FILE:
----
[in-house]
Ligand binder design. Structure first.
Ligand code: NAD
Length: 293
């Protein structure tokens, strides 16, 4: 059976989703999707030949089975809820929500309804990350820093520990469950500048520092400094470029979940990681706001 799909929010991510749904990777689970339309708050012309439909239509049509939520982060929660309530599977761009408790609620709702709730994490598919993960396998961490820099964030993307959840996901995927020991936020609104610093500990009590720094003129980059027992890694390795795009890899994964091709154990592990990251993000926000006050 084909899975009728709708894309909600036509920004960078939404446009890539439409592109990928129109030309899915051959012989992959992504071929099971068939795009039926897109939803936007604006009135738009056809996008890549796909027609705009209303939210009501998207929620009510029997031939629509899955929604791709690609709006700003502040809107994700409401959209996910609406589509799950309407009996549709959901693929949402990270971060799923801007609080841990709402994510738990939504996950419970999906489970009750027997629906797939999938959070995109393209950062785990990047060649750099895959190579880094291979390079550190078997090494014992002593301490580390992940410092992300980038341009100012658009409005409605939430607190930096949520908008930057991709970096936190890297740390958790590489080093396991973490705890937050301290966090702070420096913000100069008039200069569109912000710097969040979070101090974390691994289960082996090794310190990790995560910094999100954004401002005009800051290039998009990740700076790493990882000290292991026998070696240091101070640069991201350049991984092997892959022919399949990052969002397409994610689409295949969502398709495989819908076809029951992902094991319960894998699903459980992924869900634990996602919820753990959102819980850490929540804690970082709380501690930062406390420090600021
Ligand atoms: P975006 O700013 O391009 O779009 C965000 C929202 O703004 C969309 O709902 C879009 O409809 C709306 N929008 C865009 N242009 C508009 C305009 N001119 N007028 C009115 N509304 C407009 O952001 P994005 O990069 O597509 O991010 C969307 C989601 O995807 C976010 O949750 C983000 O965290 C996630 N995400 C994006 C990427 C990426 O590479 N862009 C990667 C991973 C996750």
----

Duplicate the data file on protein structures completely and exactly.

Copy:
[in-house]
Ligand binder design. Structure first.
Ligand code: NAD
Length: 293
């Protein structure tokens, strides 16, 4: 059976989703999707030949089975809820929500309804990350820093520990469950500048520092400094470029979940990681706001 799909929010991510749904990777689970339309708050012309439909239509049509939520982060929660309530599977761009408790609620709702709730994490598919993960396998961490820099964030993307959840996901995927020991936020609104610093500990009590720094003129980059027992890694390795795009890899994964091709154990592990990251993000926000006050 084909899975009728709708894309909600036509920004960078939404446009890539439409592109990928129109030309899915051959012989992959992504071929099971068939795009039926897109939803936007604006009135738009056809996008890549796909027609705009209303939210009501998207929620009510029997031939629509899955929604791709690609709006700003502040809107994700409401959209996910609406589509799950309407009996549709959901693929949402990270971060799923801007609080841990709402994510738990939504996950419970999906489970009750027997629906797939999938959070995109393209950062785990990047060649750099895959190579880094291979390079550190078997090494014992002593301490580390992940410092992300980038341009100012658009409005409605939430607190930096949520908008930057991709970096936190890297740390958790590489080093396991973490705890937050301290966090702070420096913000100069008039200069569109912000710097969040979070101090974390691994289960082996090794310190990790995560910094999100954004401002005009800051290039998009990740700076790493990882000290292991026998070696240091101070640069991201350049991984092997892959022919399949990052969002397409994610689409295949969502398709495989819908076809029951992902094991319960894998699903459980992924869900634990996602919820753990959102819980850490929540804690970082709380501690930062406390420090600021
Ligand atoms: P975006 O700013 O391009 O779009 C965000 C929202 O703004 C969309 O709902 C879009 O409809 C709306 N929008 C865009 N242009 C508009 C305009 N001119 N007028 C009115 N509304 C407009 O952001 P994005 O990069 O597509 O991010 C969307 C989601 O995807 C976010 O949750 C983000 O965290 C996630 N995400 C994006 C990427 C990426 O590479 N862009 C990667 C991973 C996750």